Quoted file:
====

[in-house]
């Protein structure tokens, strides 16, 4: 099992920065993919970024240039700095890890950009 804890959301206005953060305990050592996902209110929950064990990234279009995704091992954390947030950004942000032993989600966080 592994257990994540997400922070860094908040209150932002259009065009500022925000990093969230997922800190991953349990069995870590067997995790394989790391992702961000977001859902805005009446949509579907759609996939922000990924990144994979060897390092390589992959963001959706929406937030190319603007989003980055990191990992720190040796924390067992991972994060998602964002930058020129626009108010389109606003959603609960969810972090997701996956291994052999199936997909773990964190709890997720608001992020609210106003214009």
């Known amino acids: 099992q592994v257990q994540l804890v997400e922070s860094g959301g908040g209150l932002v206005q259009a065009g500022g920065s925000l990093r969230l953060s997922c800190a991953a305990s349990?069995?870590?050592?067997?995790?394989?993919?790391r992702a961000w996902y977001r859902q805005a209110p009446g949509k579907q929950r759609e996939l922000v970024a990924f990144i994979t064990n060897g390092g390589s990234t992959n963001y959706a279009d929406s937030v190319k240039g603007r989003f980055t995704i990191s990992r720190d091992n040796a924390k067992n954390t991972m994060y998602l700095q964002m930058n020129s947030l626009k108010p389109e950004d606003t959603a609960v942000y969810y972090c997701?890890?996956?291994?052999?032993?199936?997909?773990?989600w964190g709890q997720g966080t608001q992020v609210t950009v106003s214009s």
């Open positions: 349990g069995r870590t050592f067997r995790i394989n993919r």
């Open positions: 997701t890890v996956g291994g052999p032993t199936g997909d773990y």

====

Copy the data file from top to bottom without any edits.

[in-house]
């Protein structure tokens, strides 16, 4: 099992920065993919970024240039700095890890950009 804890959301206005953060305990050592996902209110929950064990990234279009995704091992954390947030950004942000032993989600966080 592994257990994540997400922070860094908040209150932002259009065009500022925000990093969230997922800190991953349990069995870590067997995790394989790391992702961000977001859902805005009446949509579907759609996939922000990924990144994979060897390092390589992959963001959706929406937030190319603007989003980055990191990992720190040796924390067992991972994060998602964002930058020129626009108010389109606003959603609960969810972090997701996956291994052999199936997909773990964190709890997720608001992020609210106003214009």
């Known amino acids: 099992q592994v257990q994540l804890v997400e922070s860094g959301g908040g209150l932002v206005q259009a065009g500022g920065s925000l990093r969230l953060s997922c800190a991953a305990s349990?069995?870590?050592?067997?995790?394989?993919?790391r992702a961000w996902y977001r859902q805005a209110p009446g949509k579907q929950r759609e996939l922000v970024a990924f990144i994979t064990n060897g390092g390589s990234t992959n963001y959706a279009d929406s937030v190319k240039g603007r989003f980055t995704i990191s990992r720190d091992n040796a924390k067992n954390t991972m994060y998602l700095q964002m930058n020129s947030l626009k108010p389109e950004d606003t959603a609960v942000y969810y972090c997701?890890?996956?291994?052999?032993?199936?997909?773990?989600w964190g709890q997720g966080t608001q992020v609210t950009v106003s214009s």
């Open positions: 349990g069995r870590t050592f067997r995790i394989n993919r």
């Open positions: 997701t890890v996956g291994g052999p032993t199936g997909d773990y």